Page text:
• Add to Collection
  • Tools Used

    Tools

  • About

    About

    Leaflets I designed for my campaign towards a class senator position on undergraduate student government.
    Published:
These are flyers I designed to advertise for Student Government elections in 2014. My friend, Juliette, and I decided to run for the two Freshman Senator positions and we needed something cool to stand-out from our competitors. While other candidates were chalking-up sidewalks, we went with a more personal approach... personally delivering our campaign materials door-to-door. These are the designs we used. They were printed on the thickest paper I could get from the bookstore, and we had a couple hundred to distribute. Considering many people share a dorm with one or two other people, our dorm-approach guaranteed each flyer would get atleast 1.5x the attention of meeting people one-on-one. 
I'm not a big fan of stark #000000 black, so I chose to go with a lighter grey. Considering the roughness of the main title font, I wanted to soften it up a little as well. The rough-header was to really stand-out from typical marketing materials on campus while replicating a stamped look. My choice was definitely too sharp of a contrast for the softer Quicksand body text we went with, but YikYak was huge on campus at the time, and I knew Quicksand (their font at the time) would be amiable to the freshman class. 
The left-align looked a little odd, but once-again, the logic was to stand-out. It would have looked much better with a more traditional print left-align. Only having been in school for about a week, we couldn't fill the copy with much meaningful text. I had originally planned to put our signatures at the bottom of the body text, but the open box for personalization ended up being the place for that.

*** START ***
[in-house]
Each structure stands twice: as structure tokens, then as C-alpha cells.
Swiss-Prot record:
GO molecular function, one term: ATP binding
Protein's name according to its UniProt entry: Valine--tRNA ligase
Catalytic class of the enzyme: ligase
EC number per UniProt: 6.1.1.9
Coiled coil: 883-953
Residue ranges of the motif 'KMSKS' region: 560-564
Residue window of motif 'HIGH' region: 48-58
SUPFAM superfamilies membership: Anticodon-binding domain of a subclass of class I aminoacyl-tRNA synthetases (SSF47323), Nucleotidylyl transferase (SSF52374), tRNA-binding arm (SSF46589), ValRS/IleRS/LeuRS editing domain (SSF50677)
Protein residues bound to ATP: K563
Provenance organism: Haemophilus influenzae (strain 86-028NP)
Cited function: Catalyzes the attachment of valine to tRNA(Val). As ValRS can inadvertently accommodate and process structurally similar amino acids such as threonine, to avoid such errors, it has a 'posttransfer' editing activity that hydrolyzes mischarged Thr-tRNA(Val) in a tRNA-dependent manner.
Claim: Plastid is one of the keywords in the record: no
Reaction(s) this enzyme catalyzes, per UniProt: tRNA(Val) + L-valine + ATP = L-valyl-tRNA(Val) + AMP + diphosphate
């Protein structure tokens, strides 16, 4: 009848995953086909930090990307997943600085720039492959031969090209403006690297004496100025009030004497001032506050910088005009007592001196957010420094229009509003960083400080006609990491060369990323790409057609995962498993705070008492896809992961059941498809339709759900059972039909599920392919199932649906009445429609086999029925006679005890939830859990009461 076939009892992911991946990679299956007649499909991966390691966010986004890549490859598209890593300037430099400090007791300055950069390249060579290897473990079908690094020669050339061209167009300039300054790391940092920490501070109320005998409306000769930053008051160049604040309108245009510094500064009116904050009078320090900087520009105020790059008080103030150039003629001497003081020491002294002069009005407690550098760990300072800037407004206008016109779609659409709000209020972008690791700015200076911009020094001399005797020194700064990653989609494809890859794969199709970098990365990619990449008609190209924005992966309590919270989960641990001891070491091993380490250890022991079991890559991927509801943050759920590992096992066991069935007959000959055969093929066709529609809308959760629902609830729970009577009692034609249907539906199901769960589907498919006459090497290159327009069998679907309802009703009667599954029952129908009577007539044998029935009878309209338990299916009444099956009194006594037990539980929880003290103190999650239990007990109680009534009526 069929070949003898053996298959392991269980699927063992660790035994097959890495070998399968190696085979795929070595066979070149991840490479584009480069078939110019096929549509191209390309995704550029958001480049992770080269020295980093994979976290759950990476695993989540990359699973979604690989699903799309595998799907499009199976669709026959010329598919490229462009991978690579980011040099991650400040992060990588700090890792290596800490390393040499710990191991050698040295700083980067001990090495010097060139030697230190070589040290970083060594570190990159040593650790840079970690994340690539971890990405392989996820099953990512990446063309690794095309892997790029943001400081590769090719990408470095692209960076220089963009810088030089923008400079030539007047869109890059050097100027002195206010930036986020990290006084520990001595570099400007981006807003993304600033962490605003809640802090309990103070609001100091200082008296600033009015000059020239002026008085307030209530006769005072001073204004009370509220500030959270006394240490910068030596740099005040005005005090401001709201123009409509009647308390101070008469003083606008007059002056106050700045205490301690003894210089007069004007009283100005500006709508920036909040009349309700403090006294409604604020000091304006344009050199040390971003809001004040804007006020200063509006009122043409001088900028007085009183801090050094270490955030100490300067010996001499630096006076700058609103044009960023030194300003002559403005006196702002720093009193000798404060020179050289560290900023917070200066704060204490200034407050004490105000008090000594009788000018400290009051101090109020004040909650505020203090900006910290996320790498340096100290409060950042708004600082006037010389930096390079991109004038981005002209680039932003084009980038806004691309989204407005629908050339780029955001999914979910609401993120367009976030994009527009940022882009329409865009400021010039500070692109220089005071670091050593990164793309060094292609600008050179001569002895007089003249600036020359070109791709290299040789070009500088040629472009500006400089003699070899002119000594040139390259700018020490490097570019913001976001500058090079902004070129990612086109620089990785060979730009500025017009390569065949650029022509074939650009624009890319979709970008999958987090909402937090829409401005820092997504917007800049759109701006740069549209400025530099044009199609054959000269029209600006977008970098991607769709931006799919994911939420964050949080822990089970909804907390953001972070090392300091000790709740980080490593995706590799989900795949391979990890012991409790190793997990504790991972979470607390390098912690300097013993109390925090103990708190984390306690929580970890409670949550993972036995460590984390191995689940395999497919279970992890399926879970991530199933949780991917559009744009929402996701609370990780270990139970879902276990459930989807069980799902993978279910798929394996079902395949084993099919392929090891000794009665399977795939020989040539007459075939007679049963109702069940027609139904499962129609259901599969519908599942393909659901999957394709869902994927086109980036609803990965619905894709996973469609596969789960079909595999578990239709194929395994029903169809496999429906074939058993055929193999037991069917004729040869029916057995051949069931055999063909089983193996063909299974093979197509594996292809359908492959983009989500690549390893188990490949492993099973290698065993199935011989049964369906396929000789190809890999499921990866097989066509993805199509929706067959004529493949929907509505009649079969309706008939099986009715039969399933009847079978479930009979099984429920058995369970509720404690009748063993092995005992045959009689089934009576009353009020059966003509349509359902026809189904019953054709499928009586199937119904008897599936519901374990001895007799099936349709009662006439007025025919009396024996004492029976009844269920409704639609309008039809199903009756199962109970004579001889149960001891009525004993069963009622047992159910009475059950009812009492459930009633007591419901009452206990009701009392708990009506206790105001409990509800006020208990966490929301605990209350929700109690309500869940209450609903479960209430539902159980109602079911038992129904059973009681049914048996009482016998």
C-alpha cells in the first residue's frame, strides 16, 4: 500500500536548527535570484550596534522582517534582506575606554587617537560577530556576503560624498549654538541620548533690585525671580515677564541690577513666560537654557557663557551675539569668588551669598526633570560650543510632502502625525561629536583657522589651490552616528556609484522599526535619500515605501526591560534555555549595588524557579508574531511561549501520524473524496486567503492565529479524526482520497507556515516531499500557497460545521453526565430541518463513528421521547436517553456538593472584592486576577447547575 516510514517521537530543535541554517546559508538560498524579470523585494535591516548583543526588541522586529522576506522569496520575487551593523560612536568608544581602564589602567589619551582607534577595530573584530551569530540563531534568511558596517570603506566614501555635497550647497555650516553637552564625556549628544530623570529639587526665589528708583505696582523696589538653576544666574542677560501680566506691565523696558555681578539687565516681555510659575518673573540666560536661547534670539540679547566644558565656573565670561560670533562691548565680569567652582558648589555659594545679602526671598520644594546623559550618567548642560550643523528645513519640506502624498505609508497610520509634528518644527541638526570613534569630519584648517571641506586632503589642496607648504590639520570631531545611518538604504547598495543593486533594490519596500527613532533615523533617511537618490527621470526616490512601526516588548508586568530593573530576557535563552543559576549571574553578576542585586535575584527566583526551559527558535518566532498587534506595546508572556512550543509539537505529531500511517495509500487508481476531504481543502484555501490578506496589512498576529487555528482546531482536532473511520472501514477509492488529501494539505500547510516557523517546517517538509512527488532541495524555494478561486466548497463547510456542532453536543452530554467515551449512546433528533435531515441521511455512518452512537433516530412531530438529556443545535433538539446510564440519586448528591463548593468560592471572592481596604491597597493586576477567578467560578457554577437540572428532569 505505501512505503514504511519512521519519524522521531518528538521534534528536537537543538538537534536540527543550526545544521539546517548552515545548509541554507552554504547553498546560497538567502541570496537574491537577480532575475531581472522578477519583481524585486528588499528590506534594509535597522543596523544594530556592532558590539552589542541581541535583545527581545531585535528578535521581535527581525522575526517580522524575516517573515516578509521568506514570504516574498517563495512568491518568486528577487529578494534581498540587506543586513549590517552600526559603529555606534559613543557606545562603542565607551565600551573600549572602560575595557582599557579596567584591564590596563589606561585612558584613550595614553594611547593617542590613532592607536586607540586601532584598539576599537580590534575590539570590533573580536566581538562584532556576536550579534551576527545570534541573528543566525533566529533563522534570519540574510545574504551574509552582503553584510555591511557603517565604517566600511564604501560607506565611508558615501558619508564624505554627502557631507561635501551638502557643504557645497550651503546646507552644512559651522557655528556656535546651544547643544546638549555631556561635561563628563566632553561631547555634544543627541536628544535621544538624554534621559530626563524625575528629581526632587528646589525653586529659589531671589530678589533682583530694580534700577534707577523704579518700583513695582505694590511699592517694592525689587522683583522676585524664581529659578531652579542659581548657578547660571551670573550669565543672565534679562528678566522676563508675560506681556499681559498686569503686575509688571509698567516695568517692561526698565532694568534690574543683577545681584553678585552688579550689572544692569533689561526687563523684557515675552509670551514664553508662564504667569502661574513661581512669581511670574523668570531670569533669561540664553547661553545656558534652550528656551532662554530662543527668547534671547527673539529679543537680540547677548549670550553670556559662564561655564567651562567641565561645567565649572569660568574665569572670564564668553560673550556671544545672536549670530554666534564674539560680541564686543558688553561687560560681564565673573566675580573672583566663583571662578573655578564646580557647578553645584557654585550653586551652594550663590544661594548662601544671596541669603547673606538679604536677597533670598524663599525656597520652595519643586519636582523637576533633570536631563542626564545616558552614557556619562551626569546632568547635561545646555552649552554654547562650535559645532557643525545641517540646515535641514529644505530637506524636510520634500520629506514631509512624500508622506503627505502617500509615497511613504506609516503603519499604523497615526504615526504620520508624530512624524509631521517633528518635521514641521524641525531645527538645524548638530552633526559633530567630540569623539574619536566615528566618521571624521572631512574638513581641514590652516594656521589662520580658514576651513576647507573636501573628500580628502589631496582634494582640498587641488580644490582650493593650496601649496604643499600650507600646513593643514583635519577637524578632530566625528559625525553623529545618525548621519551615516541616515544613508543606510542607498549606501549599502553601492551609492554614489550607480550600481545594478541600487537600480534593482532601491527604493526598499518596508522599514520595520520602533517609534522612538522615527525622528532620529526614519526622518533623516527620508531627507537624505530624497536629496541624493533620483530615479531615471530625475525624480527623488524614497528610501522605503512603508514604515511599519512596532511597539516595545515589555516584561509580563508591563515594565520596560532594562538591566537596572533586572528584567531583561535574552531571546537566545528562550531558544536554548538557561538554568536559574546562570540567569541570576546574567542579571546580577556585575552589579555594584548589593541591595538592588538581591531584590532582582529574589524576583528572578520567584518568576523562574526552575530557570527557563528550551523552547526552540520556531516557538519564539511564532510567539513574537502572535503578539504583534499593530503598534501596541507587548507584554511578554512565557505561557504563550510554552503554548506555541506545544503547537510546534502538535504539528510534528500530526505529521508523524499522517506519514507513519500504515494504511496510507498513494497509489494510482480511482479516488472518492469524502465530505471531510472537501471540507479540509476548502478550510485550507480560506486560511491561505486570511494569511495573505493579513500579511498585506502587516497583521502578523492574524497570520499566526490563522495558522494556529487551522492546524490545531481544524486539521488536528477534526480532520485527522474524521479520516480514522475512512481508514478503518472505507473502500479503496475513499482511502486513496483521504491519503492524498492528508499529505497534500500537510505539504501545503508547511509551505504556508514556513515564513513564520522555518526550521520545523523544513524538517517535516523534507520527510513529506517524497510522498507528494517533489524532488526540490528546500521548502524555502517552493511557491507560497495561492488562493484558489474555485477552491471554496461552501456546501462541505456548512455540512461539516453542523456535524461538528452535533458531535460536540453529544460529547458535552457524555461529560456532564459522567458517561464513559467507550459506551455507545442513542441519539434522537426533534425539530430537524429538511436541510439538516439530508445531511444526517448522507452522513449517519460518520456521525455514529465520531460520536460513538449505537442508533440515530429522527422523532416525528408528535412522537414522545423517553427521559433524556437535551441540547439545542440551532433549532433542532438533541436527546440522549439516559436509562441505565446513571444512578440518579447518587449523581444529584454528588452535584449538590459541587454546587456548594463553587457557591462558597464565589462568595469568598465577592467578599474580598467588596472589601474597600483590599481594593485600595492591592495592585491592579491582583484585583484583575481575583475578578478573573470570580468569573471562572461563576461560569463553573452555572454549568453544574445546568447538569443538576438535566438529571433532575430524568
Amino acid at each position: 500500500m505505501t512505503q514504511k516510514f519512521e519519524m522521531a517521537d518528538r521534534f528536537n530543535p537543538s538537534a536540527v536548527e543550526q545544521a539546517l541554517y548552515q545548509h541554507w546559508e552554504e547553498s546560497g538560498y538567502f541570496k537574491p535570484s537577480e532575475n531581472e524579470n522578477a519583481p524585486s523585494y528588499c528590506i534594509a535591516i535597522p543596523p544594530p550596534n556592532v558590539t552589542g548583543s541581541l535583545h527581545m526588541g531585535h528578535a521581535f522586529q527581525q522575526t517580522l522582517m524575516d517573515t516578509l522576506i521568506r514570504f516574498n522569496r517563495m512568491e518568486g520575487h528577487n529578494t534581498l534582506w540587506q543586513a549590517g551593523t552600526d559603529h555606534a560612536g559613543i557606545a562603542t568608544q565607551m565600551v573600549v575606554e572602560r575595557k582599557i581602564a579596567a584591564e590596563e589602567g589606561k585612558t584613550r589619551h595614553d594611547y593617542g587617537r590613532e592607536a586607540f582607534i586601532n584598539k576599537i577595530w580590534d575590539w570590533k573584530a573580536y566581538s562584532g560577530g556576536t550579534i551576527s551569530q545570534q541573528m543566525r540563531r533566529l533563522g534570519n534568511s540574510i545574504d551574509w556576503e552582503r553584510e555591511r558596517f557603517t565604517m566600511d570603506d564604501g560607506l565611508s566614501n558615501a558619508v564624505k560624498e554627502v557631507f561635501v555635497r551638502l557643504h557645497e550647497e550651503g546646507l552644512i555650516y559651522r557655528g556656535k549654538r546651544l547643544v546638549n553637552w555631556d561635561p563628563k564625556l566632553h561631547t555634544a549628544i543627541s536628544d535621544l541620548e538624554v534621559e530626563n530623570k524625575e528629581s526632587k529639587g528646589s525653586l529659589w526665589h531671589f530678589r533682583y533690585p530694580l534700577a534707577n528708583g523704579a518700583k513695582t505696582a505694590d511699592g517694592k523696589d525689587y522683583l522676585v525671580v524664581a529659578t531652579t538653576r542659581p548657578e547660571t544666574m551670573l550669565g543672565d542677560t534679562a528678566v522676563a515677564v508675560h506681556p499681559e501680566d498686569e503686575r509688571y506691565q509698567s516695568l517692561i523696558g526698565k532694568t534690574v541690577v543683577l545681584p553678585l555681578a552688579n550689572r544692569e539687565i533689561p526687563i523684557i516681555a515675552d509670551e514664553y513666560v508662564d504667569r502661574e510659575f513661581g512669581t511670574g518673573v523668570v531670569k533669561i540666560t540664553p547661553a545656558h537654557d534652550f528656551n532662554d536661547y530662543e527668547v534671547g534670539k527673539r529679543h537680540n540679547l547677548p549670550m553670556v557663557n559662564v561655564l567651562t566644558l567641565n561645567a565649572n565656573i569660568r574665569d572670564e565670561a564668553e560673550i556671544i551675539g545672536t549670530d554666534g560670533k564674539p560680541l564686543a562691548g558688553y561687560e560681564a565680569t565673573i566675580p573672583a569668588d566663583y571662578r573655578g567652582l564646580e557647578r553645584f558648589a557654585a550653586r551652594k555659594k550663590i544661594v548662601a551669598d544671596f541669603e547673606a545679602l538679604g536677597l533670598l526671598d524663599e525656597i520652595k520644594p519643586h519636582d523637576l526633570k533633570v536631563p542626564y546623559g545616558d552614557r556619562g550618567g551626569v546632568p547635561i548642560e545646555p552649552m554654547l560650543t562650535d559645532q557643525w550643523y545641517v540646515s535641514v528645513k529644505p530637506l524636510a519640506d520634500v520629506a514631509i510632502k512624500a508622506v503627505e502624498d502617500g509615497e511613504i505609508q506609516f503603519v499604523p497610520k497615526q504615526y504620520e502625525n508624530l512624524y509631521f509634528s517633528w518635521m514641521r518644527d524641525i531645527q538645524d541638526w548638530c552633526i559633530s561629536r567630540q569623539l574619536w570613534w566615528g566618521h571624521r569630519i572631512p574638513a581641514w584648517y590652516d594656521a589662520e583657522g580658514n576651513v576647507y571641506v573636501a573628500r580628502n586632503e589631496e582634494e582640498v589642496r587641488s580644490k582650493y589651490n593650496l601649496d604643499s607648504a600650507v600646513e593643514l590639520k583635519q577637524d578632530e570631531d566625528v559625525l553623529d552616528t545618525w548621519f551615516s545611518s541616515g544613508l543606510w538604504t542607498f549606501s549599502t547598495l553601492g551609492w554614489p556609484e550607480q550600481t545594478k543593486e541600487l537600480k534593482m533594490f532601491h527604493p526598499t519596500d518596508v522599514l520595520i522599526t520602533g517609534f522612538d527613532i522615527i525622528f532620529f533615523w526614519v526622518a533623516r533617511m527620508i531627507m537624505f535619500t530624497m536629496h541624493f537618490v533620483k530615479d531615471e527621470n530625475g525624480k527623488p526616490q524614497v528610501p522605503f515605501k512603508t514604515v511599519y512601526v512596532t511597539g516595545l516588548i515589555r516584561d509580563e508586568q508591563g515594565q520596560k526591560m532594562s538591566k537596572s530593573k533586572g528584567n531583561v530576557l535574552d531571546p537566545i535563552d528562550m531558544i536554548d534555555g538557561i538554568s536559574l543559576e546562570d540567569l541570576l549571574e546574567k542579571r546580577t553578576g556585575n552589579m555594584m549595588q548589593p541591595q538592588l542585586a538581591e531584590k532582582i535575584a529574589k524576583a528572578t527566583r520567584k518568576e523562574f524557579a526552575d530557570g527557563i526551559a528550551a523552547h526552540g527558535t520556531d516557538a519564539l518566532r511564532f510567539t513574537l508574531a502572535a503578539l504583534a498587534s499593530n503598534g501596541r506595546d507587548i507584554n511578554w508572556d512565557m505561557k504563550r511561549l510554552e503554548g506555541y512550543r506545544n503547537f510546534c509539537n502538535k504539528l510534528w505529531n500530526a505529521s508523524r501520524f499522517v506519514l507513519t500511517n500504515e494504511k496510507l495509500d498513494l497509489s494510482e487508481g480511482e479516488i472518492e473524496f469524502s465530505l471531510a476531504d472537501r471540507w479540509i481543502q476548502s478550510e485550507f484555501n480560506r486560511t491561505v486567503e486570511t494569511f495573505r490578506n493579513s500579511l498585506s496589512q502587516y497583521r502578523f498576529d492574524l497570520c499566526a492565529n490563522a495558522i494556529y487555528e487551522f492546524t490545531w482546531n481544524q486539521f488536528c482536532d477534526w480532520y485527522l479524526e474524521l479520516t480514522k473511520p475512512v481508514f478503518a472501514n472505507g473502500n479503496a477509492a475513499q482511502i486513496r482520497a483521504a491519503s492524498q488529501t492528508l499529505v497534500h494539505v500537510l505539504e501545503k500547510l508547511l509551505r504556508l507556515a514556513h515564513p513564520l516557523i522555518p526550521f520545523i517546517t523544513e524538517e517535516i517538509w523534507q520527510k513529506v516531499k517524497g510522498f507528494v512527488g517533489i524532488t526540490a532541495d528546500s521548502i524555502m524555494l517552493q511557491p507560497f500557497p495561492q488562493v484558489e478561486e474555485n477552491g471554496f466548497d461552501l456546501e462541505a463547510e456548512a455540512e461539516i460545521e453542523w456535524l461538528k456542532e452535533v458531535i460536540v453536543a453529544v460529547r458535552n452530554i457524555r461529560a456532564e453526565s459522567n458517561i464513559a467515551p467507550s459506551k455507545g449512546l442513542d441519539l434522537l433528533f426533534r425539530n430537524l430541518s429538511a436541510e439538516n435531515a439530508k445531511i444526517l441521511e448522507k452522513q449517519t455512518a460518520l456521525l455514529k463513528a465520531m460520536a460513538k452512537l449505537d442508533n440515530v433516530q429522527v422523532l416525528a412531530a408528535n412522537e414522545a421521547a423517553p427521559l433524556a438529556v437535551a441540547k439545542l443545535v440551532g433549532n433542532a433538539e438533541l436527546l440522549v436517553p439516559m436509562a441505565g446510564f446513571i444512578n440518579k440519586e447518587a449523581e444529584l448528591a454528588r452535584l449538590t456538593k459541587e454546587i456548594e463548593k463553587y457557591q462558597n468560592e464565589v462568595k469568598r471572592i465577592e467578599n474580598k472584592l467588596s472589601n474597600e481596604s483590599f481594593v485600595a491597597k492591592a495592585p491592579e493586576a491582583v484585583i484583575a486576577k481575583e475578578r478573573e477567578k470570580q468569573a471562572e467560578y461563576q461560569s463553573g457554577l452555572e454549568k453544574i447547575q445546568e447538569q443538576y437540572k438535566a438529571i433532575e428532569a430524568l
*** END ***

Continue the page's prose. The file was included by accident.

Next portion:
They say do things that don't scale... so I left a block of space above the mission statement so when we go door-to-door to campaign one of us could write a personal message while the other delivers a pitch to vote for us. This turned out to be much harder than planned because our pitch was relatively short and it was hard to find a hard surface to write-on (as well as come-up with a unique message right on the spot).
The print-quality turned out really well, especially for the body-text on a dark ink background. Good contrast and visibility. The paper felt sturdy and professional. We chose to write messages in bold Sharpie colors to contrast the neutral grey and white flyer. 
If I were to use a similar template, I would select a better font-pairing between the header and body. The sharp divider lines also contrasted a little too starkly with Quicksand, so I would either round-out the corners or select a sharper body font. While we wanted to personalize the flyers, it became extremely tedious to write messages on every flyer. It would have been a better idea to push the welcome message to the top of the information-side of the flyer and add printed signatures (or authentic inked-in signatures) to the bottom of the copy. I would've like to photoshop our faces in a cooler-style next to the names, but the reading experience worked well enough so that the reader could apply the names to the faces. I tried to mirror the names along that center line, but it looked a little awkward to have them face eachother when you can easily read them stacked. The '14 could have been better-oriented to read along the orientation of the rest of the text as well.